Efficient Use of Energy
Many people regard conventional rail as the most efficient form of transportation, but the truth is that trains are efficient only when they are full. In the real world, a train that is full during rush hour can be nearly empty at mid-day, and a train that is full in Santa Cruz could have a lot fewer passengers when it reaches Watsonville.
RailCAT vehicles operate based on demand, meaning that very few empty seats are in motion at any given time. The vehicles move only when they are needed. Furthermore, RailCAT vehicles can travel at a nearly constant speed, eliminating the constant cycle of starts and stops in a conventional rail system.
We did some calculations which appear to indicate that RailCAT will use less energy per passenger-mile than a conventional rail system. PRT vehicles from Ultra and 2getthere are bulkier than Glydways, and they use 0.11 to 0.12 kWh per vehicle-km (source), or about 604 to 659 BTU per vehicle-mile. In 2018, US transit rail used 1,813 BTU per passenger-mile, and commuter rail used 2,398 BTU per passenger-mile (source). We found another source suggesting that electric trains typically use 0.07 to 0.18 kWh per passenger-km.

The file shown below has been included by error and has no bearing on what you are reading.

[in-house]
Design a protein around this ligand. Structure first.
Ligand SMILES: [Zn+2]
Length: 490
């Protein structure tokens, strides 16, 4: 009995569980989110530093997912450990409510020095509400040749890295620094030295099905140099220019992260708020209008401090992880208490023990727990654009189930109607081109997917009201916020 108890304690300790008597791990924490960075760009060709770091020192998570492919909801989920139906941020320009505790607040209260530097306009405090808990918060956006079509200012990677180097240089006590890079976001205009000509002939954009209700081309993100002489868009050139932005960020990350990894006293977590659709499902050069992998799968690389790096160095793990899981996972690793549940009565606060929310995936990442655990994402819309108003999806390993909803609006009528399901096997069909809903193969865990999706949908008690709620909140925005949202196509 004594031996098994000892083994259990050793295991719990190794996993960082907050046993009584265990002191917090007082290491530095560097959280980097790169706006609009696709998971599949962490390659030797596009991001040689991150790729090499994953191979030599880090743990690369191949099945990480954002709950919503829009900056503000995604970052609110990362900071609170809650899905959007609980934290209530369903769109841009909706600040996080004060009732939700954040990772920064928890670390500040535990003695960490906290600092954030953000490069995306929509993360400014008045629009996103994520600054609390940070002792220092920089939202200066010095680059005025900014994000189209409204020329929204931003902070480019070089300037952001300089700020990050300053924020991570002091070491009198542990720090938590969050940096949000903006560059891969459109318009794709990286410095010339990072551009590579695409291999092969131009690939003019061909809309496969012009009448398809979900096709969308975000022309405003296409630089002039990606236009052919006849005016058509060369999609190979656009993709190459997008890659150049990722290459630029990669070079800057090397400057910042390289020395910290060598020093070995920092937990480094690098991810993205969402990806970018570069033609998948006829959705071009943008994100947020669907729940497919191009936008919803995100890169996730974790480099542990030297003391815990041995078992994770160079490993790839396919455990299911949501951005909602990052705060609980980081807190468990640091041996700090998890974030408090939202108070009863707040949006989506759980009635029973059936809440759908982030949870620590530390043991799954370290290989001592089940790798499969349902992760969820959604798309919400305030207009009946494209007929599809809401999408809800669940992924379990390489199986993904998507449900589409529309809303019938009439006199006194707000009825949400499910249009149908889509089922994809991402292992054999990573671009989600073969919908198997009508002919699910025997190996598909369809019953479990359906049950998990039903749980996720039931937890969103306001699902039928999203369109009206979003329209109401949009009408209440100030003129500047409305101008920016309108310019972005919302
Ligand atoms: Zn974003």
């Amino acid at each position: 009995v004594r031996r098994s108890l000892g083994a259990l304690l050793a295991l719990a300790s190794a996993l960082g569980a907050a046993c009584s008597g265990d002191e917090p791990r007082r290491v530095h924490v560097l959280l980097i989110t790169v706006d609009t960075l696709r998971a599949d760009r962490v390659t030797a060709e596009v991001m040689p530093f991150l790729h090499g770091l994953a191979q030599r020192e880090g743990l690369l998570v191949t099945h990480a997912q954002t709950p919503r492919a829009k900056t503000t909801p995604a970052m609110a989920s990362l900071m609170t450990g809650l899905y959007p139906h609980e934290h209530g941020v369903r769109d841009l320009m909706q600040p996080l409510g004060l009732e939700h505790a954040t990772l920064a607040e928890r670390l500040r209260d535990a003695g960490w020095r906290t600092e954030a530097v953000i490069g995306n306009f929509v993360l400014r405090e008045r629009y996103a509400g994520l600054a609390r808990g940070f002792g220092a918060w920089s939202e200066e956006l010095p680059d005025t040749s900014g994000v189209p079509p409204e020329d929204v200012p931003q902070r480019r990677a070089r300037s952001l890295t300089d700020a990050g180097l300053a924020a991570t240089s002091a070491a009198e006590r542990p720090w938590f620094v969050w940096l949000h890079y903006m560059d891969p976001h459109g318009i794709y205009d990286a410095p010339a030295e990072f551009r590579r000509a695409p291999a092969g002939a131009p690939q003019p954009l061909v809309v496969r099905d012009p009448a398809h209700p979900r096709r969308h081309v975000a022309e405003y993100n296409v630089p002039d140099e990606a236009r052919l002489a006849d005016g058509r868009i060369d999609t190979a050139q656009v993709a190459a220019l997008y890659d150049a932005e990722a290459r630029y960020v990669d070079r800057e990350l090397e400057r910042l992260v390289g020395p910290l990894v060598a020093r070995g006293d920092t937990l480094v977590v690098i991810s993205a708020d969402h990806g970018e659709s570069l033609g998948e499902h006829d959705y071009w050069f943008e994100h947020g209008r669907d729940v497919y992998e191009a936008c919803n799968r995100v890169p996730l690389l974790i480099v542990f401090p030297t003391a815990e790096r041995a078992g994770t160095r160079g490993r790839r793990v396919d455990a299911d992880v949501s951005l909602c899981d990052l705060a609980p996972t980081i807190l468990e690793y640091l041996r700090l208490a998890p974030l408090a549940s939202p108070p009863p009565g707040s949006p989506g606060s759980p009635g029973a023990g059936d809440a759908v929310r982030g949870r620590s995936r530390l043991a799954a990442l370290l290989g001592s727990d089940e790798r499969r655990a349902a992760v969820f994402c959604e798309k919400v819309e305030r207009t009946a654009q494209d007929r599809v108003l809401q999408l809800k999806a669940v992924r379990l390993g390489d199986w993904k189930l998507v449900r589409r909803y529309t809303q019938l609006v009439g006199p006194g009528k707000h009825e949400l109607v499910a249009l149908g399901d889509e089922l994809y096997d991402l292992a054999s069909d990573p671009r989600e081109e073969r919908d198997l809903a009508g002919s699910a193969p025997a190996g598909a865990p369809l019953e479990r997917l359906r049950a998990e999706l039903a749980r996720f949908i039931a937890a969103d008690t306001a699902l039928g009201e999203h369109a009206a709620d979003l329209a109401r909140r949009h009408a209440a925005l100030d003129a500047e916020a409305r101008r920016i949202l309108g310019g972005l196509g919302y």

Efficient Use of Time
(Content to come, regarding length of trips)
Efficient Use of Space
(Content to come, regarding how the system fits into the existing space that is already delegated for rail. No need for extra land to build sidings or stations.)